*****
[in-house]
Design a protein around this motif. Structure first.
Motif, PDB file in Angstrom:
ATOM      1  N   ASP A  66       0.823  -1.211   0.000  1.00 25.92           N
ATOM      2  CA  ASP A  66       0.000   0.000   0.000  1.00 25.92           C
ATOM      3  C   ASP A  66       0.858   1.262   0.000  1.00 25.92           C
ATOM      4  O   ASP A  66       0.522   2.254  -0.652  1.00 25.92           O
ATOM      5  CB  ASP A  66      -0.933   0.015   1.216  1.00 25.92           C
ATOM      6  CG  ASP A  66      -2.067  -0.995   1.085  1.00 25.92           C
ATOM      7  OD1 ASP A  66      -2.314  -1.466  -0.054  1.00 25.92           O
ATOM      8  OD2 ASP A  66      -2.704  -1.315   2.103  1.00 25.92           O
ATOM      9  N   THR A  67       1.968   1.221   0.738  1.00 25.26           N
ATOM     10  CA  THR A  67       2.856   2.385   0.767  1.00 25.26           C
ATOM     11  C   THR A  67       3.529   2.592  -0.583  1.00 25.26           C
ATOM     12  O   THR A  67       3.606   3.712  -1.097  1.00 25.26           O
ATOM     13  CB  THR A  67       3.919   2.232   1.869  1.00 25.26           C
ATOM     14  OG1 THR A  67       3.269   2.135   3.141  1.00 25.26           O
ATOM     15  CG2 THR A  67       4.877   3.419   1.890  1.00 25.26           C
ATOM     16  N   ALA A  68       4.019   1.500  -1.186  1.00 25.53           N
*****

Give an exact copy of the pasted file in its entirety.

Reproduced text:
[in-house]
Design a protein around this motif. Structure first.
Motif, PDB file in Angstrom:
ATOM      1  N   ASP A  66       0.823  -1.211   0.000  1.00 25.92           N
ATOM      2  CA  ASP A  66       0.000   0.000   0.000  1.00 25.92           C
ATOM      3  C   ASP A  66       0.858   1.262   0.000  1.00 25.92           C
ATOM      4  O   ASP A  66       0.522   2.254  -0.652  1.00 25.92           O
ATOM      5  CB  ASP A  66      -0.933   0.015   1.216  1.00 25.92           C
ATOM      6  CG  ASP A  66      -2.067  -0.995   1.085  1.00 25.92           C
ATOM      7  OD1 ASP A  66      -2.314  -1.466  -0.054  1.00 25.92           O
ATOM      8  OD2 ASP A  66      -2.704  -1.315   2.103  1.00 25.92           O
ATOM      9  N   THR A  67       1.968   1.221   0.738  1.00 25.26           N
ATOM     10  CA  THR A  67       2.856   2.385   0.767  1.00 25.26           C
ATOM     11  C   THR A  67       3.529   2.592  -0.583  1.00 25.26           C
ATOM     12  O   THR A  67       3.606   3.712  -1.097  1.00 25.26           O
ATOM     13  CB  THR A  67       3.919   2.232   1.869  1.00 25.26           C
ATOM     14  OG1 THR A  67       3.269   2.135   3.141  1.00 25.26           O
ATOM     15  CG2 THR A  67       4.877   3.419   1.890  1.00 25.26           C
ATOM     16  N   ALA A  68       4.019   1.500  -1.186  1.00 25.53           N